Common Bidding Mistakes, Part 2
Avoiding common bidding mistakes may be the difference between having your bid rejected, and the award of a lucrative public contract. In our prior posting, we outlined five of what we have described as the "top ten" common bidding mistakes. The following are additional issues to watch out for when preparing a bid for a public agency in Florida.
Your bid must be full and complete. Often times, a solicitation may require bidders to gather information or support well above and beyond simply providing a price. Careful attention should be paid to whether the bid terms have such requirements. For example, the solicitation may require financial statements or narratives relative to prior experience, and which reflect an ability to perform the project. Further, the advertised terms and conditions may not provide blank forms for such information. Thus, preparing the additional information in a form and with the content required by the solicitation is critical.
Next, the terms and conditions of the solicitation may require that you bid alternates. The public agency may not know before receiving bids whether it can complete an entire job within budget. In these situations, agencies may require that bidders provide a base bid for the portion of the project that they agency feels is the core of the project, while requiring alternate pricing for additional portions of the project. This way, the agency can determine how much of the project it can afford to award. If required, it is imperative that you provide a bid as to any such alternatives, even if the agency may not ultimately award the work.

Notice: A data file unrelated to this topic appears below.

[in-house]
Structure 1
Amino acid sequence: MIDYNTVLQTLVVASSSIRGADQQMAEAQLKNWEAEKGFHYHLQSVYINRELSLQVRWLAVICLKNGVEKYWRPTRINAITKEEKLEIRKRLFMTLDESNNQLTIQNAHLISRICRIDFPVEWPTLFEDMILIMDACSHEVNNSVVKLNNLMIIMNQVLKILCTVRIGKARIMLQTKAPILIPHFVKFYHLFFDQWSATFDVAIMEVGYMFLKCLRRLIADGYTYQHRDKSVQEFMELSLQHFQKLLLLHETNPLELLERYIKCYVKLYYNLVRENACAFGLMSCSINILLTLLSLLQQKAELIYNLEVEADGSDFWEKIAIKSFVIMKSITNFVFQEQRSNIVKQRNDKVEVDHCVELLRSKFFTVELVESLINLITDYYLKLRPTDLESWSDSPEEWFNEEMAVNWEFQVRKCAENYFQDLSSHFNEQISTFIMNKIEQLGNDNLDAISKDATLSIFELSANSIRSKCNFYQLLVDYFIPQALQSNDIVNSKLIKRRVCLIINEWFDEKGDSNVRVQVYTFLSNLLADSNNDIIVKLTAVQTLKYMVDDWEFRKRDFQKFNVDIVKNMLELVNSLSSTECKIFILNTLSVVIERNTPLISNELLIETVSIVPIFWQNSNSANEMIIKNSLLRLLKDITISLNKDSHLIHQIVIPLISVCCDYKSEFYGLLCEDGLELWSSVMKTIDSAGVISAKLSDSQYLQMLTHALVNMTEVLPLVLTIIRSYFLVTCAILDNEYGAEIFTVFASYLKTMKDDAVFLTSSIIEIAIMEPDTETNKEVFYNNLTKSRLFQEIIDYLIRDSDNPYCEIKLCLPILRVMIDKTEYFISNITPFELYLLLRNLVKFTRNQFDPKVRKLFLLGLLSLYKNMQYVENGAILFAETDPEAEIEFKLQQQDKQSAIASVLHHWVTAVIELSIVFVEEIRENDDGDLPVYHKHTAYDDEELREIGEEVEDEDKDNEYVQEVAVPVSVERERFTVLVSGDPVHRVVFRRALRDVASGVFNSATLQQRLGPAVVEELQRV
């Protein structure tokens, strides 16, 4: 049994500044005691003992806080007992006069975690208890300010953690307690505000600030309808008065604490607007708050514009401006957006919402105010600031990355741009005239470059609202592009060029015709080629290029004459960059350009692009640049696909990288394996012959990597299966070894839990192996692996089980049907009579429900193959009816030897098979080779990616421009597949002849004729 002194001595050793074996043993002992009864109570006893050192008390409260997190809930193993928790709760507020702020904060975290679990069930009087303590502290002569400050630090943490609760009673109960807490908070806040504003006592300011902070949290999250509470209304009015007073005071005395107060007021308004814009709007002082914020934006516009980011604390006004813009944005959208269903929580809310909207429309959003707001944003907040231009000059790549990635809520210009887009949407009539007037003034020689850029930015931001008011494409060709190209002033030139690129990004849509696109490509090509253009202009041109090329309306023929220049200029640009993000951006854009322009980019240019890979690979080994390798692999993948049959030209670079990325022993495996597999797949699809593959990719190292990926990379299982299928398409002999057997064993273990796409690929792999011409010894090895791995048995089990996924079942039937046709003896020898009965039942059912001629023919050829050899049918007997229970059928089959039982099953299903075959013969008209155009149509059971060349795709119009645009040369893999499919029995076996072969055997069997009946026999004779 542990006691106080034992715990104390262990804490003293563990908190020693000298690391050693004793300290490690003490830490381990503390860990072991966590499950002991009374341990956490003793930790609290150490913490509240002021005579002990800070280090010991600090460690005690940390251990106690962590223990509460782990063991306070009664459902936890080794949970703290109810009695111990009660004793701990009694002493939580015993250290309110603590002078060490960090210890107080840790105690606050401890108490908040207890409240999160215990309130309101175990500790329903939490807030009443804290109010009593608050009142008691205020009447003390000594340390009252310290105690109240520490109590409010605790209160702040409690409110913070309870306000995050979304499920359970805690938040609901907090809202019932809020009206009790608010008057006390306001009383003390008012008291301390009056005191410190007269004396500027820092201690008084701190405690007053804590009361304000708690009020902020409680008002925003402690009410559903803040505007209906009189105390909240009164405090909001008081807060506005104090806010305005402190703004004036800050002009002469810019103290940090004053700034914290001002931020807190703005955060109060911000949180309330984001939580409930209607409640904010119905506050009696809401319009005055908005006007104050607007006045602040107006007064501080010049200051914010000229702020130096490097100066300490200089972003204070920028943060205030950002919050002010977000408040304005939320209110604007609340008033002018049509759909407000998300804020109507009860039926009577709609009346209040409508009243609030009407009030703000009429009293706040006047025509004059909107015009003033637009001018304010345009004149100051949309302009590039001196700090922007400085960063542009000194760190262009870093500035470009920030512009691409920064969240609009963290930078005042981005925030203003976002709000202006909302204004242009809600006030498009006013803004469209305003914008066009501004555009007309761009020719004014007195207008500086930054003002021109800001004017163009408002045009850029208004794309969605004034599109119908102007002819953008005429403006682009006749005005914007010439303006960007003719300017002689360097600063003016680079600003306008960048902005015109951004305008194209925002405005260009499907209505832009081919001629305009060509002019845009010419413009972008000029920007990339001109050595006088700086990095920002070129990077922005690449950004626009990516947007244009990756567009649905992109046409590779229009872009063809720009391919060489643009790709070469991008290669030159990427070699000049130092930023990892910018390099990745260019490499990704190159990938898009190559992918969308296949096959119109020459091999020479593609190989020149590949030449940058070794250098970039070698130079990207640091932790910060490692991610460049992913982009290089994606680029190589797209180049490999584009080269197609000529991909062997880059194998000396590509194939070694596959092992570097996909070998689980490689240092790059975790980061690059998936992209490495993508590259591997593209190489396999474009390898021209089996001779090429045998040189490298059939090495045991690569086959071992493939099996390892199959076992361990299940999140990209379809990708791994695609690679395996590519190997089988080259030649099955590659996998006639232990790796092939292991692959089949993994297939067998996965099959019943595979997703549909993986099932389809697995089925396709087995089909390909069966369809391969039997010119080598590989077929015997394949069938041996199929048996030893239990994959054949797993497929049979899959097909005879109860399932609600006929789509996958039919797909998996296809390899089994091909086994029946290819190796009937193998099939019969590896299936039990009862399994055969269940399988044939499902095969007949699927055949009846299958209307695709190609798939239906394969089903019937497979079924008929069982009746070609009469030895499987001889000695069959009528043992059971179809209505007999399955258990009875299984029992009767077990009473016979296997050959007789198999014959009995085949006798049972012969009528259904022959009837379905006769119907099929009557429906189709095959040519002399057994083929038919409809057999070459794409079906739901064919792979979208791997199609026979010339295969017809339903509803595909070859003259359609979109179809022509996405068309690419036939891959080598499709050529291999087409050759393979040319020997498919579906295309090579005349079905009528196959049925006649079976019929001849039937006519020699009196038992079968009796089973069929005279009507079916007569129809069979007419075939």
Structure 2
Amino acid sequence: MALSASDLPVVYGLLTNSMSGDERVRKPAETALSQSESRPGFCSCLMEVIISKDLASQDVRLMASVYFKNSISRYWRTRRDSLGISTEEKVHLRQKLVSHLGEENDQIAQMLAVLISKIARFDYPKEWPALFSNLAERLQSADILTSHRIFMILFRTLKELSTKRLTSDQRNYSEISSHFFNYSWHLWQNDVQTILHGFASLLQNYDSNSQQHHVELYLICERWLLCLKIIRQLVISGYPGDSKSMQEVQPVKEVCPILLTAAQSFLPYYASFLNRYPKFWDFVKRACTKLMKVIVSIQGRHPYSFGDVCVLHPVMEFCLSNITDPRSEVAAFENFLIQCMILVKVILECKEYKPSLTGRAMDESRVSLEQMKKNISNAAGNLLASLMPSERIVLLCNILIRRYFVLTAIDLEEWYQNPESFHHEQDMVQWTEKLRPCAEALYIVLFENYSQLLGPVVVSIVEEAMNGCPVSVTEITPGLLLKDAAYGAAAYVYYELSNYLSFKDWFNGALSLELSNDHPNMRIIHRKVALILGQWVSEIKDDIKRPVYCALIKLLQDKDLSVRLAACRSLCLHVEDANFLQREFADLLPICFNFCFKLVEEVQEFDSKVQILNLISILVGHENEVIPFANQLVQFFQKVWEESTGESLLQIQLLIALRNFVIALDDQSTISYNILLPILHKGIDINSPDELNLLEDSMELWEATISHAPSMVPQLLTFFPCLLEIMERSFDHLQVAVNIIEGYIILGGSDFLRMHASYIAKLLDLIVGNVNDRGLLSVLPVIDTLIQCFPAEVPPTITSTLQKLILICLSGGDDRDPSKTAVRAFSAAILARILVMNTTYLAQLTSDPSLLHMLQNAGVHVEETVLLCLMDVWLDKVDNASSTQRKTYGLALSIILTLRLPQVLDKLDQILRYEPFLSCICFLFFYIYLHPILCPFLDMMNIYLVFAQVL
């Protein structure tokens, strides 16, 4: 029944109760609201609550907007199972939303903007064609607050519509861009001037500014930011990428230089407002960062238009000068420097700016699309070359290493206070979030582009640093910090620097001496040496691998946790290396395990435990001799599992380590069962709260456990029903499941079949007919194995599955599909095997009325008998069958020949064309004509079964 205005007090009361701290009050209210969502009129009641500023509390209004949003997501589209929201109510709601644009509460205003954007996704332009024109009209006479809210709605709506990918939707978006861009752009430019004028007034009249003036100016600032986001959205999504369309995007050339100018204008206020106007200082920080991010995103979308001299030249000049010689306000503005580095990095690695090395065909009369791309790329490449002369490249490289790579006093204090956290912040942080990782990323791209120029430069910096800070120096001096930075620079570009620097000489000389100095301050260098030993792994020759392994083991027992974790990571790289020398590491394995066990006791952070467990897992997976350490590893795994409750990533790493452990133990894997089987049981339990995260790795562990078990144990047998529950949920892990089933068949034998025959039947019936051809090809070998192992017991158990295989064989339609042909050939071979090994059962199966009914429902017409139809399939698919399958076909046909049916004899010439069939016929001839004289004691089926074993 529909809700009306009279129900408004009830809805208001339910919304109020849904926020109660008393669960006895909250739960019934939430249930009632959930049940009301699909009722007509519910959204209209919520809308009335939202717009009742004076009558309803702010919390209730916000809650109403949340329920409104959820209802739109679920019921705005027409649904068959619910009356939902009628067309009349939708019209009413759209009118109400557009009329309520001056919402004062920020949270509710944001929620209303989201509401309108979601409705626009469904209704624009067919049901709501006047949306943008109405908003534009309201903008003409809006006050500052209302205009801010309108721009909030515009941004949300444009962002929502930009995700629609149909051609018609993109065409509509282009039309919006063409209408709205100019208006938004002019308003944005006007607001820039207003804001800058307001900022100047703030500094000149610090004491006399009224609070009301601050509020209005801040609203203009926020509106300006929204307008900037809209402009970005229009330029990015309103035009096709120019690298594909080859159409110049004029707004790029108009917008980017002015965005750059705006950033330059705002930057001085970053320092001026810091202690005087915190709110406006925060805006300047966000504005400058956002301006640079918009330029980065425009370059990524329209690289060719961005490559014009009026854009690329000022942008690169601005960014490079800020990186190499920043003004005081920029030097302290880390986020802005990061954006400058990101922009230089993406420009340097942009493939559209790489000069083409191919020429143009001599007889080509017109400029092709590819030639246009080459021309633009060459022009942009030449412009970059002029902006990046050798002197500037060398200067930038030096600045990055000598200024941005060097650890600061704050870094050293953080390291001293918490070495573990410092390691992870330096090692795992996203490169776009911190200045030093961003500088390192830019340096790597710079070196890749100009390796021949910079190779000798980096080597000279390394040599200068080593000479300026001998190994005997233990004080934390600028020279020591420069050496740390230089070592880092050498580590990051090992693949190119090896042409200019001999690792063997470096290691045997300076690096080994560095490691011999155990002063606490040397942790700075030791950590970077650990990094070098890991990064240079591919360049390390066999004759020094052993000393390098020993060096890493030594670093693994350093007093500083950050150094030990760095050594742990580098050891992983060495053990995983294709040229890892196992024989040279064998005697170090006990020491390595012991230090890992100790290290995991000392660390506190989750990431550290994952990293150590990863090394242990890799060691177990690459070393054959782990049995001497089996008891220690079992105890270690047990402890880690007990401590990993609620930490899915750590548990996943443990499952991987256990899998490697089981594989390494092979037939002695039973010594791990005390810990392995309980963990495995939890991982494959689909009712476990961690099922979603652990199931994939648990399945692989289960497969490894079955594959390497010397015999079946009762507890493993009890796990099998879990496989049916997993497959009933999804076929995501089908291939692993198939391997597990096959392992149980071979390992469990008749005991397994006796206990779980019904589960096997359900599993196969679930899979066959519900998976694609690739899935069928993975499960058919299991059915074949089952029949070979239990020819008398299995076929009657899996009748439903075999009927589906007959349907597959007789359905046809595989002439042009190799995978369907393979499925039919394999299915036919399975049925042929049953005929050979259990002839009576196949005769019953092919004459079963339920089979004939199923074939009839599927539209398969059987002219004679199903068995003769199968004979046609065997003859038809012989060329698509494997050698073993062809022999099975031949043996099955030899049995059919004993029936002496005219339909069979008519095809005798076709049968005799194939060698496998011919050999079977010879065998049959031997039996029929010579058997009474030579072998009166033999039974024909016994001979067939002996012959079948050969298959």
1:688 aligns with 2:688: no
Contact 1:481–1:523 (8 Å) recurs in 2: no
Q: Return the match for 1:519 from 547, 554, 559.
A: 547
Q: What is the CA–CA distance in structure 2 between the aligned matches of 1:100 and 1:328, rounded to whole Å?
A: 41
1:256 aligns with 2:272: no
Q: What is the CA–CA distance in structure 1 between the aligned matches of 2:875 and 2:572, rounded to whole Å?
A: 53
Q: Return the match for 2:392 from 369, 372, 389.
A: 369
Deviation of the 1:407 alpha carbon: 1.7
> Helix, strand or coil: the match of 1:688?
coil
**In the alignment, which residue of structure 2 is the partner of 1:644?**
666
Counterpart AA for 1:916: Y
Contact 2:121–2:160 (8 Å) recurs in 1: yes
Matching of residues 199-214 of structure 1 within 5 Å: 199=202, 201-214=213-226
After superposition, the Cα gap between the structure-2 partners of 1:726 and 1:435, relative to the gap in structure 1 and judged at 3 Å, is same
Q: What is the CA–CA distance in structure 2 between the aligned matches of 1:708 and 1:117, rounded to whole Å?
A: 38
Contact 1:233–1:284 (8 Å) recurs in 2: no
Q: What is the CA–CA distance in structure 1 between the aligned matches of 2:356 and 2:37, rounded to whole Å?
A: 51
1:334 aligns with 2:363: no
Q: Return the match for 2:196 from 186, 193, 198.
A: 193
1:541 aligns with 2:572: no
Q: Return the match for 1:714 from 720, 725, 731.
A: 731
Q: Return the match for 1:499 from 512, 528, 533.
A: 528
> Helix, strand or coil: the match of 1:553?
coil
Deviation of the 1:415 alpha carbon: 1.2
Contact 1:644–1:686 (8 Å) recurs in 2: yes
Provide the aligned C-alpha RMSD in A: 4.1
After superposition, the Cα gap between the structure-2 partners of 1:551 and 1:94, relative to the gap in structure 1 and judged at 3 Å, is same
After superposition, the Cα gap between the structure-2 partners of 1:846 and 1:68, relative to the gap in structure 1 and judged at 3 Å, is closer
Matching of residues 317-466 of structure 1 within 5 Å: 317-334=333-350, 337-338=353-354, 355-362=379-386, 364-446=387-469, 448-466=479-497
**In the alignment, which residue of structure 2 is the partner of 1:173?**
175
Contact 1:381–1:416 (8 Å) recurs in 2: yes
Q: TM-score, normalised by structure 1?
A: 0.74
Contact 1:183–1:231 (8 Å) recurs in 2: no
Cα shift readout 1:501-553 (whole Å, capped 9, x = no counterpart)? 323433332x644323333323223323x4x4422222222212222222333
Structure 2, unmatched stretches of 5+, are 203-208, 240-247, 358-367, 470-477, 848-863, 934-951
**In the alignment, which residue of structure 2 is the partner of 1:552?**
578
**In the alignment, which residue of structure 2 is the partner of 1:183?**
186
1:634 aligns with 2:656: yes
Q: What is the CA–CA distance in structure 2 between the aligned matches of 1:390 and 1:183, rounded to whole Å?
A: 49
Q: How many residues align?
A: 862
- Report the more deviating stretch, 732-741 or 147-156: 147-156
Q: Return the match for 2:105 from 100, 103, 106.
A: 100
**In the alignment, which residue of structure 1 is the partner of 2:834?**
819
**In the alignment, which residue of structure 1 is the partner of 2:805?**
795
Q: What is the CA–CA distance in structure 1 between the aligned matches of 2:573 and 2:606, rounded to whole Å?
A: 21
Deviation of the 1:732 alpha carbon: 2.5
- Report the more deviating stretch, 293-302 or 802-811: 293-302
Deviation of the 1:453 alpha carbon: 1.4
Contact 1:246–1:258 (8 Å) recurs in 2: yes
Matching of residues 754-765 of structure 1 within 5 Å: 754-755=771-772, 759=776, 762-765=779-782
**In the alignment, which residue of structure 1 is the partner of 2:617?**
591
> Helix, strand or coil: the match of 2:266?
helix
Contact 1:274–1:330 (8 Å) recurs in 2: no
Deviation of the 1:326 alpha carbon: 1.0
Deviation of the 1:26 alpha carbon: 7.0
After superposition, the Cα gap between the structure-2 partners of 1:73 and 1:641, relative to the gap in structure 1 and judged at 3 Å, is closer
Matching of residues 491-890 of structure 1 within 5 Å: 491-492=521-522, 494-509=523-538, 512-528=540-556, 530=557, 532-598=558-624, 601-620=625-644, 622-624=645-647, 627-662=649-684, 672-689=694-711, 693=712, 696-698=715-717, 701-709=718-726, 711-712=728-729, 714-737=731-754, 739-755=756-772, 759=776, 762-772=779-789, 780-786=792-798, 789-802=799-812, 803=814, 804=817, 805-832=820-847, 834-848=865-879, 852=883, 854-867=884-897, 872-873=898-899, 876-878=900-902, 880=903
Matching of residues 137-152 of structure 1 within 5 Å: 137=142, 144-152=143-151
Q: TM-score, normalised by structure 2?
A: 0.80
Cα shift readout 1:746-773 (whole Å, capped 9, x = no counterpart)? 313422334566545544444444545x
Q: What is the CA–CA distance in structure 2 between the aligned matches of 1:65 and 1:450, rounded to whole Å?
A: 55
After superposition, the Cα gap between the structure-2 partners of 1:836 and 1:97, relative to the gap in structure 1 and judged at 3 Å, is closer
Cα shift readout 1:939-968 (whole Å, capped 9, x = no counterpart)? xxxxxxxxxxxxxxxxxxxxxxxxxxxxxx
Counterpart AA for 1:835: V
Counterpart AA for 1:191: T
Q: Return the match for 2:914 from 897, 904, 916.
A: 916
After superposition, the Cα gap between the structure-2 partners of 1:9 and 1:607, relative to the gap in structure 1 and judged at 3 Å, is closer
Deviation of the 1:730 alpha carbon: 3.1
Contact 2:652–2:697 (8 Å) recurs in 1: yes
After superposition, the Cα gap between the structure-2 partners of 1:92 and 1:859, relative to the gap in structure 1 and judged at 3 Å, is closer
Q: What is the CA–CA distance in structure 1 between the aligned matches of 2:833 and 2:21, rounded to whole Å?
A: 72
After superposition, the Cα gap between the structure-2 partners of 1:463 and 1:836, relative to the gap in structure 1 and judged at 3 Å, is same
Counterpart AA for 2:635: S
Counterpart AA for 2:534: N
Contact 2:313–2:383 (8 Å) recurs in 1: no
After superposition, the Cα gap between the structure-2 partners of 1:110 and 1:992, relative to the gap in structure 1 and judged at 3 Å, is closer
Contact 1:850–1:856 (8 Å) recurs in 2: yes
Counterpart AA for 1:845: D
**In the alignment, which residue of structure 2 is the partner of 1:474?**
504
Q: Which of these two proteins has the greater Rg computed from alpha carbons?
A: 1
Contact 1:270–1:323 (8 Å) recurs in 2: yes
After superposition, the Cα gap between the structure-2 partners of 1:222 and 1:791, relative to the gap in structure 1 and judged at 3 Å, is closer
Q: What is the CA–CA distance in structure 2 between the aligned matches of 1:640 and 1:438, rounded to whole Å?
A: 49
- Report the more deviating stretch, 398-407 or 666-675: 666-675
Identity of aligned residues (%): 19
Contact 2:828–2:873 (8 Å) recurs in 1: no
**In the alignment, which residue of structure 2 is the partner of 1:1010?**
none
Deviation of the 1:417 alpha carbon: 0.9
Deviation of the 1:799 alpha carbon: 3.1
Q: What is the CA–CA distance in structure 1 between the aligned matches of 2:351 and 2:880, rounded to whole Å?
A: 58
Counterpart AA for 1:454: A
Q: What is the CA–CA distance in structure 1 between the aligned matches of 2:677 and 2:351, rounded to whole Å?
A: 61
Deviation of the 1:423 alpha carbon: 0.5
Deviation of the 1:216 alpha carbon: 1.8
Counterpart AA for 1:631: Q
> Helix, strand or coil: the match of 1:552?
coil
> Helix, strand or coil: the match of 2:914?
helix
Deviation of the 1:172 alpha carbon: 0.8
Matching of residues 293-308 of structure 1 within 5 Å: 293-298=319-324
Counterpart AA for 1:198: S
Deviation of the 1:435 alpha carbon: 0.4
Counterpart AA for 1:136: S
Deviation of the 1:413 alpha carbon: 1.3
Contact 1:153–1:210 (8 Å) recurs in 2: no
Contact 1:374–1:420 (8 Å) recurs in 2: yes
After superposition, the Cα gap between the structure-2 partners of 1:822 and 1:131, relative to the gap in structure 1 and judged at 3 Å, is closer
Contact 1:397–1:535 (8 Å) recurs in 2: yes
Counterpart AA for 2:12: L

Additionally, if the terms of the solicitations are not clear, seek a clarification. There may be strict deadlines to seek clarification and to give the agency the opportunity to issue an addendum. Further, if the specifications are vague or lack reasonable definitiveness, then you may have to consider a specification protest. Depending upon the particular regulations for the agency, specification challenges may be due within days of the initial advertisement.
Another common mistake involves identification of the business entity which is submitting the bid. Depending upon the corporate structure or other business relationships of the persons or entities that are going to bid, the bid should clearly identify the entity which is offering to perform the work. Bear in mind that this entity must also meet all of the qualifications, and license requirements to be legally qualified to perform the work.
Finally, the solicitation may require disclosure of subcontractors, and their qualifications. Failure to provide this information could impact the agencies’ ability to evaluate your bid, and result in a rejection.
In these tough times, there will be significant competition for public work. This also means that public agencies and competitors will be carefully combing through bids to weed out and/or challenge awards to non-responsive bidders. By avoiding common mistakes, you stand the best chance to stay in the running for an award.